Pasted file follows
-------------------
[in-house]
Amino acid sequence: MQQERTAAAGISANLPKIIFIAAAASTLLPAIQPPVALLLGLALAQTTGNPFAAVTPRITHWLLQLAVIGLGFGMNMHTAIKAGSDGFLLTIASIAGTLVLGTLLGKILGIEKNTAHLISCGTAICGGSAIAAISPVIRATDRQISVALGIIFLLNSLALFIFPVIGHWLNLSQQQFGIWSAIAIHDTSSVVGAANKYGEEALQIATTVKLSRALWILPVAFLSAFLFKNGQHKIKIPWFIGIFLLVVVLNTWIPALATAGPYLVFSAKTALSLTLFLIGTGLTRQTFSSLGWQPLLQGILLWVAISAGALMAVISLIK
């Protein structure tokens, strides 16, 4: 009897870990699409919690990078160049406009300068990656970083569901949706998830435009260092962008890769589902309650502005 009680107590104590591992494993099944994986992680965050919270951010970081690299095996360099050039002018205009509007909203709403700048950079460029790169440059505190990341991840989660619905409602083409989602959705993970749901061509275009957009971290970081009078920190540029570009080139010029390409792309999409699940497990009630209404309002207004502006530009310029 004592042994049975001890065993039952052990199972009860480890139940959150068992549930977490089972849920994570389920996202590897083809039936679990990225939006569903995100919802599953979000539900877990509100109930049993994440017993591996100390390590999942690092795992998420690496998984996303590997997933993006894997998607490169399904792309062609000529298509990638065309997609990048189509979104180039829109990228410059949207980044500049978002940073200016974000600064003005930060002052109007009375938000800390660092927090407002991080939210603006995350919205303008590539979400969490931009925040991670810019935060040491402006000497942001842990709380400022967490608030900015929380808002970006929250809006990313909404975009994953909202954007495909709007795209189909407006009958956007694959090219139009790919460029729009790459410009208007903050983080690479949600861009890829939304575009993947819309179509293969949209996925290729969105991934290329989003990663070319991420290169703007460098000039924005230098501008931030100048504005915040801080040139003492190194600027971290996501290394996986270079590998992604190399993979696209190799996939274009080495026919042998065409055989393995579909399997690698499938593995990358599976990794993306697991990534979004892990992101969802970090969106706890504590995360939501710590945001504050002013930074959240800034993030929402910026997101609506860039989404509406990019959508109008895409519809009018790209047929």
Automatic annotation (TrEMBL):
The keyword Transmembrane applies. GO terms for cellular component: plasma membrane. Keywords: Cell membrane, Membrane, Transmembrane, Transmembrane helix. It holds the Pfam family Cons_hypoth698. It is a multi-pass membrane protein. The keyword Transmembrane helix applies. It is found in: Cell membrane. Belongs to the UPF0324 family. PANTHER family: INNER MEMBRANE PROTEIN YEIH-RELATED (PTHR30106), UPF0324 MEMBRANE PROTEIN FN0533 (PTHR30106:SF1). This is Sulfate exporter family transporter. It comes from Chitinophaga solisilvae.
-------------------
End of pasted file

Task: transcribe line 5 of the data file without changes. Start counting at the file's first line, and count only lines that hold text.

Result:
The keyword Transmembrane applies. GO terms for cellular component: plasma membrane. Keywords: Cell membrane, Membrane, Transmembrane, Transmembrane helix. It holds the Pfam family Cons_hypoth698. It is a multi-pass membrane protein. The keyword Transmembrane helix applies. It is found in: Cell membrane. Belongs to the UPF0324 family. PANTHER family: INNER MEMBRANE PROTEIN YEIH-RELATED (PTHR30106), UPF0324 MEMBRANE PROTEIN FN0533 (PTHR30106:SF1). This is Sulfate exporter family transporter. It comes from Chitinophaga solisilvae.